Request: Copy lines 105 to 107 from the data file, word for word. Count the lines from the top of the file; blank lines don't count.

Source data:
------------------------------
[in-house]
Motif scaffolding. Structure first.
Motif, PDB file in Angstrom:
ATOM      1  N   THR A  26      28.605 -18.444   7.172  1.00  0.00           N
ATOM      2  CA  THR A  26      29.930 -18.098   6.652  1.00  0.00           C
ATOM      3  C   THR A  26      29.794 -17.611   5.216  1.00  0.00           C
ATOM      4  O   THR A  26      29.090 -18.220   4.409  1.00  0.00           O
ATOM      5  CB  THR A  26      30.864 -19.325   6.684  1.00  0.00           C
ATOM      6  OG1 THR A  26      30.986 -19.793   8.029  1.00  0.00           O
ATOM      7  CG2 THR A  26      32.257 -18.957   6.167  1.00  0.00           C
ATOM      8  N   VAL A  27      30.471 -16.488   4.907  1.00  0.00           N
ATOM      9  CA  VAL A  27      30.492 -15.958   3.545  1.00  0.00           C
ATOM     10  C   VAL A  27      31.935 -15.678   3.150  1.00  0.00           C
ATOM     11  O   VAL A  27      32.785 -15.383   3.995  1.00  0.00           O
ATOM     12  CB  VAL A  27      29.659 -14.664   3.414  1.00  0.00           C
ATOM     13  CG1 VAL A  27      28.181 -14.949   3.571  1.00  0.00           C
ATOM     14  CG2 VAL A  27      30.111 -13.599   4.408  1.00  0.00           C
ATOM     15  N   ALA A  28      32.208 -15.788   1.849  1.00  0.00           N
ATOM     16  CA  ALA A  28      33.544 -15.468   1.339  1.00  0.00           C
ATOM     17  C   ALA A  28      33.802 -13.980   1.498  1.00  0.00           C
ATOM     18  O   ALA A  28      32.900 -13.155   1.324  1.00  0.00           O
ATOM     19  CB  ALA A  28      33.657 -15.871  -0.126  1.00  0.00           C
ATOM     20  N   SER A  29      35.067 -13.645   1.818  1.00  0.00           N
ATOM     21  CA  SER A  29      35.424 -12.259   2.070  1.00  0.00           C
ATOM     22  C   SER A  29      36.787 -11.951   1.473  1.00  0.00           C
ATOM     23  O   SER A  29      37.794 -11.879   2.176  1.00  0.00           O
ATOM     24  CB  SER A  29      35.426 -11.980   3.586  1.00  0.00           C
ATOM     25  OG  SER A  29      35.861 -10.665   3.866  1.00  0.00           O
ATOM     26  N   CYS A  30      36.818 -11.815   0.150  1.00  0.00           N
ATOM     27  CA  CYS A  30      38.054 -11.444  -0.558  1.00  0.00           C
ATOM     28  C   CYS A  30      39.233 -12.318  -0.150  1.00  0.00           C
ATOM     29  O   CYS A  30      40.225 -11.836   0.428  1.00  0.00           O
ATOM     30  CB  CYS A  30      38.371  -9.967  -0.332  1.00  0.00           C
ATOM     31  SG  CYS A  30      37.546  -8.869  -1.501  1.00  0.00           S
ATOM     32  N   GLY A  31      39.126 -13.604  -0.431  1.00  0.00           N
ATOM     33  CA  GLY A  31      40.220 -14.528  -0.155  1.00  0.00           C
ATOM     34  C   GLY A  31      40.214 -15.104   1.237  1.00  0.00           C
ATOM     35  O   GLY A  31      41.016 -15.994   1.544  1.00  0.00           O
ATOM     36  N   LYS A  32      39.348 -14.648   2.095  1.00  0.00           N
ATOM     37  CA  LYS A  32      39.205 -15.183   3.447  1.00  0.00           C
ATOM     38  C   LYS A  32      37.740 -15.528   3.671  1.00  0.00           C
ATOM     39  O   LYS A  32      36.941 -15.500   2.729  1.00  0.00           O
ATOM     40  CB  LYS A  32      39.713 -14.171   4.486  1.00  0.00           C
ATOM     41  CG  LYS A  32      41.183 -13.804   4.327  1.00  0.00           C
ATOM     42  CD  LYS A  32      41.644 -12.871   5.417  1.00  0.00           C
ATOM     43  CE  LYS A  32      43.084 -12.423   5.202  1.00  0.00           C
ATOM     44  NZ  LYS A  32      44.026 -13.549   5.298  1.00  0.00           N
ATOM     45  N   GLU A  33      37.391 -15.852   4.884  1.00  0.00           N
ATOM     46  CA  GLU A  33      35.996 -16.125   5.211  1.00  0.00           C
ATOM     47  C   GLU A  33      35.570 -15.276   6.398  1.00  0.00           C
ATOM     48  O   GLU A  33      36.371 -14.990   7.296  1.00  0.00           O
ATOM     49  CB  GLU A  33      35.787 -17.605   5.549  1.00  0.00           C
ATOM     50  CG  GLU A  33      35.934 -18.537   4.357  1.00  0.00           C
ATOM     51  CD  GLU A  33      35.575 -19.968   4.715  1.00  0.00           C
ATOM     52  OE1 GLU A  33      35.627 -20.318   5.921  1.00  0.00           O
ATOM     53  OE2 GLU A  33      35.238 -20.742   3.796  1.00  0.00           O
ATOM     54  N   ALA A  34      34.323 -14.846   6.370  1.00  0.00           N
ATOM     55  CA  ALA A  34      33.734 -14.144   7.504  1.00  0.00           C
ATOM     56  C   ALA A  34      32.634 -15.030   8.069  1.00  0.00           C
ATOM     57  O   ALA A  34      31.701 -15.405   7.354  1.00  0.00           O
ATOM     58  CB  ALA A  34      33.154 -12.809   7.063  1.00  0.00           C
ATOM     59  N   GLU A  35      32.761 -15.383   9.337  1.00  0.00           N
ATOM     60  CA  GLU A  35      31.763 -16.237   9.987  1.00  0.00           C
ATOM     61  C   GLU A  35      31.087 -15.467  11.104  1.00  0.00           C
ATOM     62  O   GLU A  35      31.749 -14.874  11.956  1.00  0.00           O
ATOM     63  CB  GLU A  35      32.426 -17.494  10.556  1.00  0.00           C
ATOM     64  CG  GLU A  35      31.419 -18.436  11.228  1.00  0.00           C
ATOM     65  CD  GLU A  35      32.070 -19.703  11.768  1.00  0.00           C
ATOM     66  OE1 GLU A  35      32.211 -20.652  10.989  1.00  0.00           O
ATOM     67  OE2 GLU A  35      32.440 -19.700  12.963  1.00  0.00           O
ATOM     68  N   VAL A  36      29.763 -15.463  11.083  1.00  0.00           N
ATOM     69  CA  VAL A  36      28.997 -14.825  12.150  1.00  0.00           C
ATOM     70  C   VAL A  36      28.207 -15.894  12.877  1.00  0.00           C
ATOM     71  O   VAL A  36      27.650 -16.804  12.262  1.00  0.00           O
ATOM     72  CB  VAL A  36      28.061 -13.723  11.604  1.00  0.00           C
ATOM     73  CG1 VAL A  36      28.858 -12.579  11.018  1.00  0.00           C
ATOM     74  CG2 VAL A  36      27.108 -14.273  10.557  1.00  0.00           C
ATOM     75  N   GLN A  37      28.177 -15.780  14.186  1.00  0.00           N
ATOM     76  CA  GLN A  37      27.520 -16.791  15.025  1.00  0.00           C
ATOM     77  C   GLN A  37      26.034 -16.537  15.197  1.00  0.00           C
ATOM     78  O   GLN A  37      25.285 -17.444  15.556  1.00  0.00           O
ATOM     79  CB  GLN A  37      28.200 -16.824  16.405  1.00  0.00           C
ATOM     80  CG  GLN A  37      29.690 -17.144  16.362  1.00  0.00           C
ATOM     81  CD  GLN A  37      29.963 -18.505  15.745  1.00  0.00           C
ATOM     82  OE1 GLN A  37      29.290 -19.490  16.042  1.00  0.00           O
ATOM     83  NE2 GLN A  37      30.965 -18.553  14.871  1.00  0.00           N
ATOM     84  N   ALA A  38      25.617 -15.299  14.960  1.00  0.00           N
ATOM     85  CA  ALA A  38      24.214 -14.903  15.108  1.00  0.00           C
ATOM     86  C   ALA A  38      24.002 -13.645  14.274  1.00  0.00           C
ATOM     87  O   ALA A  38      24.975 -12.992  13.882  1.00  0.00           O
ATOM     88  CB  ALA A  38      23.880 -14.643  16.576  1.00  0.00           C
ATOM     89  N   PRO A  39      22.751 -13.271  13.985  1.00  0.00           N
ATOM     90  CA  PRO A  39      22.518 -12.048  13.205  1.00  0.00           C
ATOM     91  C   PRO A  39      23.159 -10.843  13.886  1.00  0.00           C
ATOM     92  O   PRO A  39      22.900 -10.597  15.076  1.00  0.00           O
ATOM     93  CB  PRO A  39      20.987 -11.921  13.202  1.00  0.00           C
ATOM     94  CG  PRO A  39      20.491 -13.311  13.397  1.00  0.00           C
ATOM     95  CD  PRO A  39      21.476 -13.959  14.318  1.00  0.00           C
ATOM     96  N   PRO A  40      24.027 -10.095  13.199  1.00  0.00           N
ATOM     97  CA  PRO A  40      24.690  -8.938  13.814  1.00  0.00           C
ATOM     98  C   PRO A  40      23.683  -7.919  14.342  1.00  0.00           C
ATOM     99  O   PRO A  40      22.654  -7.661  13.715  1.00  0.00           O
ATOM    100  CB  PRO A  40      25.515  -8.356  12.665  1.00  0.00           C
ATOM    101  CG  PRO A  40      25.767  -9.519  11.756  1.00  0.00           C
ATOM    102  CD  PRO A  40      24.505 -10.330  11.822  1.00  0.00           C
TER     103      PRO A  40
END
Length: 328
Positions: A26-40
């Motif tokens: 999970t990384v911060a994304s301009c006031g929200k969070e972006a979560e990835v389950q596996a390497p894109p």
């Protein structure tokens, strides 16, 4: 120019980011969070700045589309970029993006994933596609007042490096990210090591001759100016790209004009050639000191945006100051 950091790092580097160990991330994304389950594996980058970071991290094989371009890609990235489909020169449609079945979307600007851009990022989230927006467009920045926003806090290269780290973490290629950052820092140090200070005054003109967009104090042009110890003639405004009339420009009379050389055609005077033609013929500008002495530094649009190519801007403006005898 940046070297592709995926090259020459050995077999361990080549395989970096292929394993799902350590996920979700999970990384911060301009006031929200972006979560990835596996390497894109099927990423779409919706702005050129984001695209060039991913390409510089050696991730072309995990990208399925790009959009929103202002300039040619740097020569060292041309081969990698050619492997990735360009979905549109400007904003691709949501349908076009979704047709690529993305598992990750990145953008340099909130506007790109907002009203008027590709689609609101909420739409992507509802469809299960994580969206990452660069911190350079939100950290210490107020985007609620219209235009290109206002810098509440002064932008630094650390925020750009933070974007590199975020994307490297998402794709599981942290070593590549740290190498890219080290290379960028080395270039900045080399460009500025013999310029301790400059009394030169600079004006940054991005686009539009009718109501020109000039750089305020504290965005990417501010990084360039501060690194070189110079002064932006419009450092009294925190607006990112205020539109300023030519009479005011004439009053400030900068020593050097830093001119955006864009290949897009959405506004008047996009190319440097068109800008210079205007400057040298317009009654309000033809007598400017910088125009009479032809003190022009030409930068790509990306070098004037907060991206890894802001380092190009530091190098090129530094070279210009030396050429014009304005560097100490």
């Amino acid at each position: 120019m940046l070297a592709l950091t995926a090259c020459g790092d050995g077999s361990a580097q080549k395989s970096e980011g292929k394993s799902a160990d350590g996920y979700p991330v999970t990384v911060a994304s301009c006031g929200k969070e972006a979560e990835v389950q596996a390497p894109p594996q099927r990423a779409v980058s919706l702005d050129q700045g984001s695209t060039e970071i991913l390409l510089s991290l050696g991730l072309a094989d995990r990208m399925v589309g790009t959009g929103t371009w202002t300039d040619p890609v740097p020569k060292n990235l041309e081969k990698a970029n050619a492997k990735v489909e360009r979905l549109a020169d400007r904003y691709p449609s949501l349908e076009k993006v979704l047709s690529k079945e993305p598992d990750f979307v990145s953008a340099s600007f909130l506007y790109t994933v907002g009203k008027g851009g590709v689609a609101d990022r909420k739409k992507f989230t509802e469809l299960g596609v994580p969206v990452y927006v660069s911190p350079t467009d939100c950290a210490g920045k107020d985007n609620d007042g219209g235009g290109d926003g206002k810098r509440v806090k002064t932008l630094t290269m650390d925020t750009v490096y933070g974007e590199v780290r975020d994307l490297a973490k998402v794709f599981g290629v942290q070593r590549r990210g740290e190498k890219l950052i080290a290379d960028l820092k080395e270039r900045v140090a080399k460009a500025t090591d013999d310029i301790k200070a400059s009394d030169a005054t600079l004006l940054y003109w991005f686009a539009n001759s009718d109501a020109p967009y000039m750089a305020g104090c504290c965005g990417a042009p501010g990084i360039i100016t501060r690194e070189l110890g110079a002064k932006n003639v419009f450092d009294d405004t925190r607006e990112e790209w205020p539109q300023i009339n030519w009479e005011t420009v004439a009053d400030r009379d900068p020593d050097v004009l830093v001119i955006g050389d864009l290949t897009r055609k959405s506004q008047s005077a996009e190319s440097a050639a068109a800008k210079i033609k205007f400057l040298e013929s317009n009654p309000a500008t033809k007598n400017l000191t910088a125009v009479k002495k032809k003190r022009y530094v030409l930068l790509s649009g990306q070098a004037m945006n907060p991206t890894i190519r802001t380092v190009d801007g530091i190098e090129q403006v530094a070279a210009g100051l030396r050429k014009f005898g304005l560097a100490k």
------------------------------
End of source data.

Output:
ATOM    102  CD  PRO A  40      24.505 -10.330  11.822  1.00  0.00           C
TER     103      PRO A  40
END